By Sam Piha
When there are disturbing events that fill the airwaves, it is important that caregivers have resources to guide them on how to talk to young people about these events, and how to turn to self- care. Below are some resources that caregivers, including teachers, afterschool workers and parents, may find helpful.
Brooke Anderson is a Bay Area organizer and photojournalist. In the interest of self-care, she developed 6 Daily Quarantine Questions, which she expands on in detail in her article from Greater Good Magazine.
|Source: Greater Good Magazine|
Temescal Associates and The How Kids Learn Foundation launched the My Pal, Luke project. My Pal, Luke features a virtual, talking comfort dog who promotes social emotional learning through his words and questions, including a “feelings” check-in with young children. Luke reads his favorite books with kids and educates them on how to make sense of current events.
INSURRECTION IN THE CAPITOL
- Dr. Alyssa Hadley-Dunn, associate professor of Teacher Education at Michigan State University and founder of Teaching on the Days After: Dialogue & Resources for Educating Toward Justice offers resources to help educators teach about the attack on the U.S. Capitol on Jan. 6.
- The American Historical Association has launched "The Assault on the Capitol in Historical Perspective: Resources for Educators." The site offers historical knowledge to help understand the current crisis.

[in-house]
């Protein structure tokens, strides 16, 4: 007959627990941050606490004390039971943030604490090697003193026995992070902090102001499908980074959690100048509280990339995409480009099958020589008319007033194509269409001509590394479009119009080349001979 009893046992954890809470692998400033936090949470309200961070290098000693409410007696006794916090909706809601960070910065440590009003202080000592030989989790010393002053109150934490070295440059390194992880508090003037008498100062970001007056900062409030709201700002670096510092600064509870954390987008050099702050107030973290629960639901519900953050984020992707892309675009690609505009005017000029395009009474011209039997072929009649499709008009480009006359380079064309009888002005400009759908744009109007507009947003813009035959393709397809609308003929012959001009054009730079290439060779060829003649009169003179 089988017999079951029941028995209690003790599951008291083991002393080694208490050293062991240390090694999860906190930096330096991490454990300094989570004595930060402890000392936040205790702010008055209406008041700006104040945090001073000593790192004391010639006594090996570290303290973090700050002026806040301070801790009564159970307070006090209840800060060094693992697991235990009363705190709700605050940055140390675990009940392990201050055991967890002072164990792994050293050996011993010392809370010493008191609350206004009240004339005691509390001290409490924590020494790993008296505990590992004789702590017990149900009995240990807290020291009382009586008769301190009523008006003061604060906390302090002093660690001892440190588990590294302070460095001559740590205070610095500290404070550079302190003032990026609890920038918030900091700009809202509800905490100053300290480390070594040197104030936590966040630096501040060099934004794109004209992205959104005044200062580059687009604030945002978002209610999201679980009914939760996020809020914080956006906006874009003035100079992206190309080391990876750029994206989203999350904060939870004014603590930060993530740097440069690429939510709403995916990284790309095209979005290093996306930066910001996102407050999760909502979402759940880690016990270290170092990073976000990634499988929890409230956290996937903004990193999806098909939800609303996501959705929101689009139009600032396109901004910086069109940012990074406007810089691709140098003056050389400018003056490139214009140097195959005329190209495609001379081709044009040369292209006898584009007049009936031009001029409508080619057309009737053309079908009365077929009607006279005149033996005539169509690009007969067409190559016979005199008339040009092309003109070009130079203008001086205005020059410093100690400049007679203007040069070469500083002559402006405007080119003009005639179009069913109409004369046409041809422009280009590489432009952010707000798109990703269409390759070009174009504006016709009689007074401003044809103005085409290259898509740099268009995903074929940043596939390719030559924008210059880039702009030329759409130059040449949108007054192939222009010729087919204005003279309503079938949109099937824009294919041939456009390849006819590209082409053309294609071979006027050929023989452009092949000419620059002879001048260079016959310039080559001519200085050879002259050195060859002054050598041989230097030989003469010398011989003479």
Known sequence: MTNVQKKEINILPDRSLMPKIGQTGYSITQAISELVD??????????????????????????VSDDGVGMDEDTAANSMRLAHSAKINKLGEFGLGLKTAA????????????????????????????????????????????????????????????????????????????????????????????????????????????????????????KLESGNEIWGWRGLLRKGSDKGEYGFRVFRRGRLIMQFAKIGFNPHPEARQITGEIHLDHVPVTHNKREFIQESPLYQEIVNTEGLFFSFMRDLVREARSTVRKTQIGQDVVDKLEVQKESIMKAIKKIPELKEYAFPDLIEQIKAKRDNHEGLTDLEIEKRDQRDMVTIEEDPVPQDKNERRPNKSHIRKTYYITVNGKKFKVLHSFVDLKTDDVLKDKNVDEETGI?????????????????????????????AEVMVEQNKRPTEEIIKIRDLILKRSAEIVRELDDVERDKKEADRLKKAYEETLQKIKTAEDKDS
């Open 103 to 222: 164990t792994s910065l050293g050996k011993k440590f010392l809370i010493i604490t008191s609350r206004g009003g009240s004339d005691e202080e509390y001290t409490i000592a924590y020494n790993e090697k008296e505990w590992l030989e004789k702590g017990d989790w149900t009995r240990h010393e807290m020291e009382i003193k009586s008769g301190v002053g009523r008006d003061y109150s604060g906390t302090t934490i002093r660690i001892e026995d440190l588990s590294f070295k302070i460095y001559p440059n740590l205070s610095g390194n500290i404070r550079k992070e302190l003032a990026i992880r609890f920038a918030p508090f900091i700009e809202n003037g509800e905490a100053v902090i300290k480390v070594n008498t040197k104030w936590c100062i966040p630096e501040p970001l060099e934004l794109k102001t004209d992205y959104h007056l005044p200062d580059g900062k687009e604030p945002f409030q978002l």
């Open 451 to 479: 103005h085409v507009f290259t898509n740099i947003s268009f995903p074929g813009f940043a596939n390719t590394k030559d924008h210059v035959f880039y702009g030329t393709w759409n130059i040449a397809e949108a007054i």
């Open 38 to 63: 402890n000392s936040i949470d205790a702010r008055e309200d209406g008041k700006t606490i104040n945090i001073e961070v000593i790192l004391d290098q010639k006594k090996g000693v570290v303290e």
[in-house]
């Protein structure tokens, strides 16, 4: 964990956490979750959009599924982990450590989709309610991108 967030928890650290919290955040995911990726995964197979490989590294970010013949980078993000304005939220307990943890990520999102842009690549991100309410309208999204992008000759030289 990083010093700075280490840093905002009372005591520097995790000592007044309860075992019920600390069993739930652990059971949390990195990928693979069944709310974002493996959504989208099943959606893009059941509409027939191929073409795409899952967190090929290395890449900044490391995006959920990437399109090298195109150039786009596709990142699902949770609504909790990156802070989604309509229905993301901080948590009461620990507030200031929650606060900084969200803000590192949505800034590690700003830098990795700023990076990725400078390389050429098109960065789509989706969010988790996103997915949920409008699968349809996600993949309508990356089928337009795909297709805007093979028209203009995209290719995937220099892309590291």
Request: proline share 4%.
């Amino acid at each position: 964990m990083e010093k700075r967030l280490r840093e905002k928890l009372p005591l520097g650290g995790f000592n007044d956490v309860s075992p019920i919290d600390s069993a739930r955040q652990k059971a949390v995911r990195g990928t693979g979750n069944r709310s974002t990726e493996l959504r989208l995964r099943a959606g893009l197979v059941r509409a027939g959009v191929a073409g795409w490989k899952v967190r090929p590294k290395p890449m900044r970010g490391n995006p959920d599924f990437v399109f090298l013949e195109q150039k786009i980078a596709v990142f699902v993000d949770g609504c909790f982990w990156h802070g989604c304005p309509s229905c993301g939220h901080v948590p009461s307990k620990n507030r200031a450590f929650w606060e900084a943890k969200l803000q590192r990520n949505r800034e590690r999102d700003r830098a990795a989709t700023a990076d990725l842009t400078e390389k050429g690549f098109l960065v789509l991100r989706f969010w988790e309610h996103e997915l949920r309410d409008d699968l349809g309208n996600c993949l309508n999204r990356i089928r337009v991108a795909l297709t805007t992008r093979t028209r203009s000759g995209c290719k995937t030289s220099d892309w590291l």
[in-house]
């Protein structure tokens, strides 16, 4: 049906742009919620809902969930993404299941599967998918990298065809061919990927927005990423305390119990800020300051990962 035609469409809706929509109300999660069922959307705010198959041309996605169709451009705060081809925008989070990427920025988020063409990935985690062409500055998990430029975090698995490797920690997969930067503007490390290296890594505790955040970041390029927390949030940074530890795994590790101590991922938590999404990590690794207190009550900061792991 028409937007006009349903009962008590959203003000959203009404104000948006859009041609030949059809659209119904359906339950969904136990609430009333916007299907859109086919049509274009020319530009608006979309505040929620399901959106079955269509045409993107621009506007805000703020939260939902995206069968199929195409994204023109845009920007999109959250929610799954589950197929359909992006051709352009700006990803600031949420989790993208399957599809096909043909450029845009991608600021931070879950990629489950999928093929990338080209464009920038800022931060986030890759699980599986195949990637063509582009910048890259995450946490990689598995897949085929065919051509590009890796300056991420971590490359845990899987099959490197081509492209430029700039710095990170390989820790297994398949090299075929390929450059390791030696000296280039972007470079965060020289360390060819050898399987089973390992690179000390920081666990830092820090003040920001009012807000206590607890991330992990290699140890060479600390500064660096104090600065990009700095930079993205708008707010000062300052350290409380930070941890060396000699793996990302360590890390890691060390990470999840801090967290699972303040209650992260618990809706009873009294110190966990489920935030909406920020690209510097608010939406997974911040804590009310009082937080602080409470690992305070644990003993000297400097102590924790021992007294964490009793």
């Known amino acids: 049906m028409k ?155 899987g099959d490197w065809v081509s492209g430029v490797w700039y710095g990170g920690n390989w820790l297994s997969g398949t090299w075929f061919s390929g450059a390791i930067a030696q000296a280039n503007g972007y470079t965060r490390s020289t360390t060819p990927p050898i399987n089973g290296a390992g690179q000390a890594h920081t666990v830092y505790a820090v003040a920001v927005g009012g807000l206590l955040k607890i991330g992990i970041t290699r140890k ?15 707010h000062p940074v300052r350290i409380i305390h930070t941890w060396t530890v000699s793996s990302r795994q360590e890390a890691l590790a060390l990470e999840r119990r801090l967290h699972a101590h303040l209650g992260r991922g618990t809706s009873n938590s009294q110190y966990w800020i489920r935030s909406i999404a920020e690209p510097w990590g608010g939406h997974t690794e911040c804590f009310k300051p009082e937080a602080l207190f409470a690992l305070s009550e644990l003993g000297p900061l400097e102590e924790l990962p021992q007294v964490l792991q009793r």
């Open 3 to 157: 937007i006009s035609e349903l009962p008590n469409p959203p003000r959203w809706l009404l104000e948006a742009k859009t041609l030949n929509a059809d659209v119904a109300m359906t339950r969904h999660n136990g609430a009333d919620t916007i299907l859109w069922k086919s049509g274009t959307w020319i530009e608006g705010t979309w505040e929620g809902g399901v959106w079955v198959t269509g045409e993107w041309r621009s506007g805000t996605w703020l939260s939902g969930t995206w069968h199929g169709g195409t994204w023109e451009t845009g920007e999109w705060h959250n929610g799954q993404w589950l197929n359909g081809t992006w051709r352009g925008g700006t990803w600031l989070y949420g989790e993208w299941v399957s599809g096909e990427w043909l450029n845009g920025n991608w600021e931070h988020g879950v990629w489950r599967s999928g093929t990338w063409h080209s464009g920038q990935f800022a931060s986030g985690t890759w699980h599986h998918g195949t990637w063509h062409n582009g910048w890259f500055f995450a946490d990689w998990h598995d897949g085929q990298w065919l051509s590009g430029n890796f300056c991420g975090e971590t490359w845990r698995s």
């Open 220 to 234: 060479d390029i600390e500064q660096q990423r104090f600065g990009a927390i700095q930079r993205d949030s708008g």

- Teachers on Twitter at #sschat are sharing lessons about the lessons they are teaching on the attack. Teacher Brianna Davis from Camarillo offers this lesson. Sam Mandeville of New Hampshire is sharing this @PearDeck lesson.
- PBS NewsHour Extra is offering three ways to teach the insurrection at the U.S. Capitol.
- The American Federation of Teachers' Share My Lesson website has been updated with information to help teachers facilitate meaningful discussions about the attack on the Capitol with their students.
- Larry Ferlazzo, a Sacramento City Unified teacher with a popular blog on teaching, has posted "Ways to teach about today's insurrection."
Below are resources provided by the California Afterschool Network (CAN):
- Facing History: Responding to the Insurrection at the U.S. Capitol (1/6/21)
- Teaching Tolerance: Leading Conversations After the Insurrection in Washington D.C. (1/7/21)
- Education Week: Caring for Students in the Wake of a Traumatic News Event (1/7/21)
- Awaken: How to Manage Your Team in Times of Political Trauma
- Zinn Ed Project: Teaching People’s History Resources
RACIAL JUSTICE4-H Organization writes, “Being able to help young people understand topics such as racism, implicit biases, and discrimination requires facilitating difficult conversations and providing youth with information that will help them to learn and grow… Both adults and youth must challenge themselves to learn and grow through these conversations to be better prepared for a more culturally, racially, and ethnically diverse world.”
To this end, 4-H’s Program Leaders Working Group developed Just in Time Equity Dialogues for Youth: Lessons Designed to Foster Honest Conversations with Youth About Social Justice Issues. They also published Supplemental Resources which offers resources, readings and other relevant content to support guide use.
It is important to note that there continues to be a proliferation of partisan news sources peddling deeply skewed or even inaccurate information that has helped fuel conspiracy theories and other harmful perceptions of the integrity of U.S. elections. Below is a resource to help educators prepare their youth for deciphering fake news: